Inside Seven
Current Issue: September 2014
Elvira Garay, Kaiser Permanente Health Educator, leads a nutrition seminar at the district.

Making the Right Food Choices Could Save Your Life
by  Judy Gish
Issue Date: 08/2009

You are what you eat (definitely what you eat too much of). A Kaiser nutritionist tells employees how to eat better, live longer.

Although the types of diets out there number in the zillions and it seems like every other day there’s a new food to either cut out or eat like crazy, the principles of good nutrition are really pretty simple.

After all is said and done, a healthy diet involves a combination of fruits, vegetables, whole grains and proteins. It’s a formula that many Americans appear to be ignoring.

“A lot of us eat too much and exercise too little,” said Elvira Garay, a Kaiser Permanente health educator who spoke to District 7 employees at a one-hour nutrition seminar on July 8. “The result is that one third of all adults in the U.S. are obese.”

Yikes! To be part of the non-obese two-thirds, Kaiser recommends you follow a Mediterranean-type diet with a predominance of fruits, vegetables, fish and poultry. Some carbohydrates are good for you and should be included in the form of whole grains.
Garay offered a neat tip: when shopping for whole grain products, such as breads, pastas, etc., look for the whole grain to be listed as the first ingredient; otherwise, it could comprise as little as one percent of the product.

Meat lovers will be dismayed to hear that Kaiser recommends eating it only twice a month, and in portions no bigger than a playing card. Eating eggs is encouraged but no more than four yolks a week are recommended.

The main differences between the American and Mediterranean diets are the sources of protein (meat vs. fish) and fat (butter vs. oils). Solid fats, such as those which derive from animal products, elevate cholesterol levels, contributing to the risk of heart disease. Healthy fats are liquid and come from vegetables, nuts, fish, avocados and seeds, Garay said. “We want you to eat fats; we just want you to eat healthy fats.” On average, fats should comprise 20 to-35 percent of your total daily calories.

To provide a better idea of how many calories we actually consume, Garay took the group on a tour of a food label. The most important thing to consider is the serving size and the number of servings per container. The nutritional information is listed per serving, so if a package contains two servings and you eat the whole thing, you are consuming twice the calories – and fats, sodium, carbohydrates, etc. – listed.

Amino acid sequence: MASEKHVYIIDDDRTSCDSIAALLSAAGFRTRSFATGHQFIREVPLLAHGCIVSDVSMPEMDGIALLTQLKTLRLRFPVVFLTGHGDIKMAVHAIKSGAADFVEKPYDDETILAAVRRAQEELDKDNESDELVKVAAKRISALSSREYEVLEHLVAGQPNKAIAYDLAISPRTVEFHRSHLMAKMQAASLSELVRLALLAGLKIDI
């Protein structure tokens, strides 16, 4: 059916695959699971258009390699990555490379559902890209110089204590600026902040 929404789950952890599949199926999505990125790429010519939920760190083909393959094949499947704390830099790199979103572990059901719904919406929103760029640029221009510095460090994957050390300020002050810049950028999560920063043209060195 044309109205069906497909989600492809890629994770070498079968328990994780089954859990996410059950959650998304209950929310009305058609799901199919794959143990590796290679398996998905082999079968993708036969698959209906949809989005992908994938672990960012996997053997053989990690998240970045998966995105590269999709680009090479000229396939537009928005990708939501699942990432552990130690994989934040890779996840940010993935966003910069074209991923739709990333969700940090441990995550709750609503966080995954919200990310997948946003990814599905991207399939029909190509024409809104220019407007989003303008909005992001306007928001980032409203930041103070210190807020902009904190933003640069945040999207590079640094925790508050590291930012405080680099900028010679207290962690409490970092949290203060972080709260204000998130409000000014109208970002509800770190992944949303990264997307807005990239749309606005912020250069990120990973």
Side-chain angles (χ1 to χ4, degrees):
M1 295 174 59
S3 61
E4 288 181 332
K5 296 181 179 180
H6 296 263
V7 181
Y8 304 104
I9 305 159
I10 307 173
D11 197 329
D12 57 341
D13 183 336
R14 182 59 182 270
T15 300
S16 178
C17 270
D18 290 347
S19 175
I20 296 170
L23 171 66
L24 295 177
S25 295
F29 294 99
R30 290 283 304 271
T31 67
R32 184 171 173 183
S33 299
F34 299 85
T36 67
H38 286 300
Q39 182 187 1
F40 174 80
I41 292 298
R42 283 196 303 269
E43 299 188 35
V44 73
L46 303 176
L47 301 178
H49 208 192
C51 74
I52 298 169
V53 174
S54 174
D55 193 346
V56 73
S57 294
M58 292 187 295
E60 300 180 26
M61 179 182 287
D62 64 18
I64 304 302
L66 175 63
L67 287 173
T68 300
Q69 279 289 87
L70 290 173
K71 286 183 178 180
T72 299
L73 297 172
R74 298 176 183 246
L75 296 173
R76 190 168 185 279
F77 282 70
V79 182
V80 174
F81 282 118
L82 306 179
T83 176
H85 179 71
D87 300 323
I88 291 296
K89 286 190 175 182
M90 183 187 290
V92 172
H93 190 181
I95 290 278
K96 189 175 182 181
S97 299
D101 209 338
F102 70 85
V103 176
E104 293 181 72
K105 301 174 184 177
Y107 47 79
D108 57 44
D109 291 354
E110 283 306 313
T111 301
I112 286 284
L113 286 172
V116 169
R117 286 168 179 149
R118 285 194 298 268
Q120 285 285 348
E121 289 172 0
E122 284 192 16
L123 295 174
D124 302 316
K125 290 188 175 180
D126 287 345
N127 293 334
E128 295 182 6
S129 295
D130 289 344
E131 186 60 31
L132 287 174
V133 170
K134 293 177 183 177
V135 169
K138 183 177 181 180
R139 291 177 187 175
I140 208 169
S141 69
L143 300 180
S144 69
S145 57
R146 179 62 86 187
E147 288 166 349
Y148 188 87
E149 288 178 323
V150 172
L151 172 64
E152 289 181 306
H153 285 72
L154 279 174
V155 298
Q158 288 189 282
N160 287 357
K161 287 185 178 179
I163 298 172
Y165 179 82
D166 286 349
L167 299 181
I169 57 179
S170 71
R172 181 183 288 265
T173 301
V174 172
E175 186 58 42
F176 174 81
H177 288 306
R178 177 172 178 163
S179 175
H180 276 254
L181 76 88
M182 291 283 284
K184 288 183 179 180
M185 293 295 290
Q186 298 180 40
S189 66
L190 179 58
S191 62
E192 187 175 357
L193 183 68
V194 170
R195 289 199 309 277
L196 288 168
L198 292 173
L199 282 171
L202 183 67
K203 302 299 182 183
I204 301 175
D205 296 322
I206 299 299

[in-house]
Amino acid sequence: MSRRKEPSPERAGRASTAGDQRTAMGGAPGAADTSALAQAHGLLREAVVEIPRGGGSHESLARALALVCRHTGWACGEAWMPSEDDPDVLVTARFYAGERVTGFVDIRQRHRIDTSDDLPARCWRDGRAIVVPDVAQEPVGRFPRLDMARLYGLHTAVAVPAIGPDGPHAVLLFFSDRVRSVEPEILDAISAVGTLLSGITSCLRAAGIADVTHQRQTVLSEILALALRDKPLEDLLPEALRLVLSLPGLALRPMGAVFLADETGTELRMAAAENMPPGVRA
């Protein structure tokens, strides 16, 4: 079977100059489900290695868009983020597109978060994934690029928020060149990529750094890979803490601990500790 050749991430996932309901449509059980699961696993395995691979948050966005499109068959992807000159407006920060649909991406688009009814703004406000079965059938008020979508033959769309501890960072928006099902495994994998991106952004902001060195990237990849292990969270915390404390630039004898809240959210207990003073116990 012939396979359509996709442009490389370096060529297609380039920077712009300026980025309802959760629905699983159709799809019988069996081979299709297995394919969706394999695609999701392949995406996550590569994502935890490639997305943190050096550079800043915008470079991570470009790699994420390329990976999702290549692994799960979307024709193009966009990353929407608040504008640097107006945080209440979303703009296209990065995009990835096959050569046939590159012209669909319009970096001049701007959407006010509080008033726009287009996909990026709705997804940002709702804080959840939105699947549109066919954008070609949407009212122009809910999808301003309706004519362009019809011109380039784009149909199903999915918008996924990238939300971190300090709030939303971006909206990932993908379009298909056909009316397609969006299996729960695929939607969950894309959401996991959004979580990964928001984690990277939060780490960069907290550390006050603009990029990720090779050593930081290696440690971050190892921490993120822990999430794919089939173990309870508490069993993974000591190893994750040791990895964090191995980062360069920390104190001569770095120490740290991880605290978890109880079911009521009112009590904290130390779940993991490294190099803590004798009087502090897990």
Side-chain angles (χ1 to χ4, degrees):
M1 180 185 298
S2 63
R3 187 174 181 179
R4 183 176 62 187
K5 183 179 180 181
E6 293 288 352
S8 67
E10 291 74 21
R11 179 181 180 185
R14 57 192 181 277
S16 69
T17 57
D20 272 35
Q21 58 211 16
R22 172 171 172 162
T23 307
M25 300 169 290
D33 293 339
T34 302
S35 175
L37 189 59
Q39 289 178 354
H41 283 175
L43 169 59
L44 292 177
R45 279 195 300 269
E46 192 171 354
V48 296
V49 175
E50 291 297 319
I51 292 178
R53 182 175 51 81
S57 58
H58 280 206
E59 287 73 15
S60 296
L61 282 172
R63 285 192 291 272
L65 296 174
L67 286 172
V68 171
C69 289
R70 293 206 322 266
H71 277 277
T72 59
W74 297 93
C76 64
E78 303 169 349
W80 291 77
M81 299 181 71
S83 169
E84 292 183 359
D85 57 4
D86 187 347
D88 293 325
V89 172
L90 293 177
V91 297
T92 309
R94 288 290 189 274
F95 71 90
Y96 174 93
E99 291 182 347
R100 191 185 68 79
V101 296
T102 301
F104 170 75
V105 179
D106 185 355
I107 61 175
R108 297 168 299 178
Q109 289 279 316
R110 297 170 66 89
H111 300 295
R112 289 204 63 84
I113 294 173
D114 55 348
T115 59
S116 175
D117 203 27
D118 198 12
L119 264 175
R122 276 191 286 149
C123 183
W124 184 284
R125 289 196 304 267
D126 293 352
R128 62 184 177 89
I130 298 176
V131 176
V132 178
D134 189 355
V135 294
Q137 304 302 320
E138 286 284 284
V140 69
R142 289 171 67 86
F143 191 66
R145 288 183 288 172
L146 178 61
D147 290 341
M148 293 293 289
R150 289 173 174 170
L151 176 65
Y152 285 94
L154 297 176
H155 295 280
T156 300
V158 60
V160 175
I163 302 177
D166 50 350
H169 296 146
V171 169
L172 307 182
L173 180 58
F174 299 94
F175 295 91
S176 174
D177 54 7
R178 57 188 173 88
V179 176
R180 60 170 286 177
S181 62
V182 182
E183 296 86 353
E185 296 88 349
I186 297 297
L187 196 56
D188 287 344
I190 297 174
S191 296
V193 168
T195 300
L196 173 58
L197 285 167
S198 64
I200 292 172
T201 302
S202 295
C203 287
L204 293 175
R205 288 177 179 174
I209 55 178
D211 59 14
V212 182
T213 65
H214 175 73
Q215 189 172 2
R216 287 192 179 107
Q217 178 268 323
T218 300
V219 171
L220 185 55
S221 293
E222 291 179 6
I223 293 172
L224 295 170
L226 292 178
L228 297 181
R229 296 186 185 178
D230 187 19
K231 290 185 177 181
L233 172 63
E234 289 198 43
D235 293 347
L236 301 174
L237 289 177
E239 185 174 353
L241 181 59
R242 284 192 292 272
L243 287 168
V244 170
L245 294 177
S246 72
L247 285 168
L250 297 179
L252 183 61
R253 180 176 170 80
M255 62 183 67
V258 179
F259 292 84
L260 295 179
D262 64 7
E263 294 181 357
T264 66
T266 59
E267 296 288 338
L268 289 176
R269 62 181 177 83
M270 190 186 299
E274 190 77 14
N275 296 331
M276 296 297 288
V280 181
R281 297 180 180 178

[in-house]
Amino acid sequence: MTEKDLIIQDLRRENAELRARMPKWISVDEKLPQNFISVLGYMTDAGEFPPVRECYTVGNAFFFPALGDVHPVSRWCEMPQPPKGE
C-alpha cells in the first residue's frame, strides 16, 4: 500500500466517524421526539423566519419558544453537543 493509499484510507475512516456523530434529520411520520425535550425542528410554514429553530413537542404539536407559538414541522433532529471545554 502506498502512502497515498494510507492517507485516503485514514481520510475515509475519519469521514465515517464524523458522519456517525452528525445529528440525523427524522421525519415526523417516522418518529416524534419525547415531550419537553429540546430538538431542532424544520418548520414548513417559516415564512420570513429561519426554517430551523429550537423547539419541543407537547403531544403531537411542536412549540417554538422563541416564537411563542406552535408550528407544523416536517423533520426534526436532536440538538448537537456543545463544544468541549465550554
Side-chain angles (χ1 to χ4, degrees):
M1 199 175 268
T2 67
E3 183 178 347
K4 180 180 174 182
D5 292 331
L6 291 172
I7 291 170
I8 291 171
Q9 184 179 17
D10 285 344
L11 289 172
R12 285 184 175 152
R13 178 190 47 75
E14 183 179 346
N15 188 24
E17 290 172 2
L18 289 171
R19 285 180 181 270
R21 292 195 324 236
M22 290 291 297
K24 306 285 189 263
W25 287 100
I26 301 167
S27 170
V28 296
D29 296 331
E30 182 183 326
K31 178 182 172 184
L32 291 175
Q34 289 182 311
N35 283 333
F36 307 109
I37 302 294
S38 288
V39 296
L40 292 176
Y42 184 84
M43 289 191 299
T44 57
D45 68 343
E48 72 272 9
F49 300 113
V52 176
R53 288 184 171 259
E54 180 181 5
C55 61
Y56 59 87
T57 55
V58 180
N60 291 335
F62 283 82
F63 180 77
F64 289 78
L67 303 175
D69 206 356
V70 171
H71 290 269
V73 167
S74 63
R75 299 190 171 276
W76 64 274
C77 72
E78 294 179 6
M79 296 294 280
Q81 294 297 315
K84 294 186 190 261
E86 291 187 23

Also, watch out for saturated fats and trans fats, as both are linked to a higher risk of heart disease. And look for the “% of daily values” on the far right of the label. Clearly, if an item contains 80 percent of a daily allotment of sodium, for example, it might be something to avoid eating.

And here’s a clue about those “low-calorie” snacks: to be considered truly low, they have to be less than 40 calories per serving, Garay said. One hundred calories per serving is merely moderate while 400 calories and above is high. Again, pay attention to serving sizes. While a serving of crackers touted as “reduced calorie” may sound low, a serving could be two crackers.

Kaiser recommends a daily intake of 6 ounces of grains; 2 ½ cups of vegetables; 2 cups of fruit; 3 cups of milk and 5 ½ ounces of protein. Fat should not exceed 65 grams per day and cholesterol should be under 300 mgs. Then there is a daily allotment of vitamins and minerals that should be consumed, which can’t just come from a multi-vitamin, Garay said. “Supplements do not make up for a poor diet.”

Curiously, there is no Recommended Daily Allowance (RDA) for sugar, Garay added, but the guideline is a limit of 40 grams per day, which is equivalent to about 10 teaspoons. “One soda can take you past that,” she said.

Numerous flyers with healthy eating tips and nutritional information were handed out at the seminar, which Kaiser members can obtain from their provider. Those not belonging to Kaiser can find volumes of information online from hundreds of sources. One source to try would be the American Dietetic Association,

Nutrition is a serious issue in this country, Garay stressed, however a lack of food is definitely not the problem. “People here are not dying because of starvation,” she said. “They are dying because of eating too much.”



A healthy plate should look like this: a playing card-sized portion of protein (ideally, fish), a predominance of vegetables, and a portion of whole grains.